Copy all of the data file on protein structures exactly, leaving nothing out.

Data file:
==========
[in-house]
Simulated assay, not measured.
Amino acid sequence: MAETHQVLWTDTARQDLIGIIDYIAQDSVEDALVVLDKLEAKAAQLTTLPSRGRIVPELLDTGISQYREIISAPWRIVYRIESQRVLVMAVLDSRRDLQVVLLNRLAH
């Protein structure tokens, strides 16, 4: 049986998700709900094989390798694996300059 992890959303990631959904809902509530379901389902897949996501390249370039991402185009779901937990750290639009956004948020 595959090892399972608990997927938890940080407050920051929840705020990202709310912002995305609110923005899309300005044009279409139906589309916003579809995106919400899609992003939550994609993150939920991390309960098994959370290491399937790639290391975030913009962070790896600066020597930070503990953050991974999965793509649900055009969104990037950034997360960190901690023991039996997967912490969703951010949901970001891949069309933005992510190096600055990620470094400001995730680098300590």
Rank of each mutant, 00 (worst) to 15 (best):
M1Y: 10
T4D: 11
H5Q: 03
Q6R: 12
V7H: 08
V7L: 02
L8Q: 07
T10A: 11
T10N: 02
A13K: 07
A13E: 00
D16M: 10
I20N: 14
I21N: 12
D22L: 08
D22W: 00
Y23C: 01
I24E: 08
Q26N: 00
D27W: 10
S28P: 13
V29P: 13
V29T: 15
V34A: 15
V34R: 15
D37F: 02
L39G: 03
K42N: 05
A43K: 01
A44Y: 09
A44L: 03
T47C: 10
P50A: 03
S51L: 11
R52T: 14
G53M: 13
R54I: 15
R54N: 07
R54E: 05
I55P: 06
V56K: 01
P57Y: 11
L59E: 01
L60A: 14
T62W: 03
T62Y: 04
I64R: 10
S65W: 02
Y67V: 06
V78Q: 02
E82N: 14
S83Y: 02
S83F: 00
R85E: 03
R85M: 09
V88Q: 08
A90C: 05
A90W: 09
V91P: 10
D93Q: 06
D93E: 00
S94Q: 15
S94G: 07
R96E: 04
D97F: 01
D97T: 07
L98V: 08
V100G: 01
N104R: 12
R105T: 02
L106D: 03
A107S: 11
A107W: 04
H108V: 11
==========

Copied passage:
[in-house]
Simulated assay, not measured.
Amino acid sequence: MAETHQVLWTDTARQDLIGIIDYIAQDSVEDALVVLDKLEAKAAQLTTLPSRGRIVPELLDTGISQYREIISAPWRIVYRIESQRVLVMAVLDSRRDLQVVLLNRLAH
């Protein structure tokens, strides 16, 4: 049986998700709900094989390798694996300059 992890959303990631959904809902509530379901389902897949996501390249370039991402185009779901937990750290639009956004948020 595959090892399972608990997927938890940080407050920051929840705020990202709310912002995305609110923005899309300005044009279409139906589309916003579809995106919400899609992003939550994609993150939920991390309960098994959370290491399937790639290391975030913009962070790896600066020597930070503990953050991974999965793509649900055009969104990037950034997360960190901690023991039996997967912490969703951010949901970001891949069309933005992510190096600055990620470094400001995730680098300590």
Rank of each mutant, 00 (worst) to 15 (best):
M1Y: 10
T4D: 11
H5Q: 03
Q6R: 12
V7H: 08
V7L: 02
L8Q: 07
T10A: 11
T10N: 02
A13K: 07
A13E: 00
D16M: 10
I20N: 14
I21N: 12
D22L: 08
D22W: 00
Y23C: 01
I24E: 08
Q26N: 00
D27W: 10
S28P: 13
V29P: 13
V29T: 15
V34A: 15
V34R: 15
D37F: 02
L39G: 03
K42N: 05
A43K: 01
A44Y: 09
A44L: 03
T47C: 10
P50A: 03
S51L: 11
R52T: 14
G53M: 13
R54I: 15
R54N: 07
R54E: 05
I55P: 06
V56K: 01
P57Y: 11
L59E: 01
L60A: 14
T62W: 03
T62Y: 04
I64R: 10
S65W: 02
Y67V: 06
V78Q: 02
E82N: 14
S83Y: 02
S83F: 00
R85E: 03
R85M: 09
V88Q: 08
A90C: 05
A90W: 09
V91P: 10
D93Q: 06
D93E: 00
S94Q: 15
S94G: 07
R96E: 04
D97F: 01
D97T: 07
L98V: 08
V100G: 01
N104R: 12
R105T: 02
L106D: 03
A107S: 11
A107W: 04
H108V: 11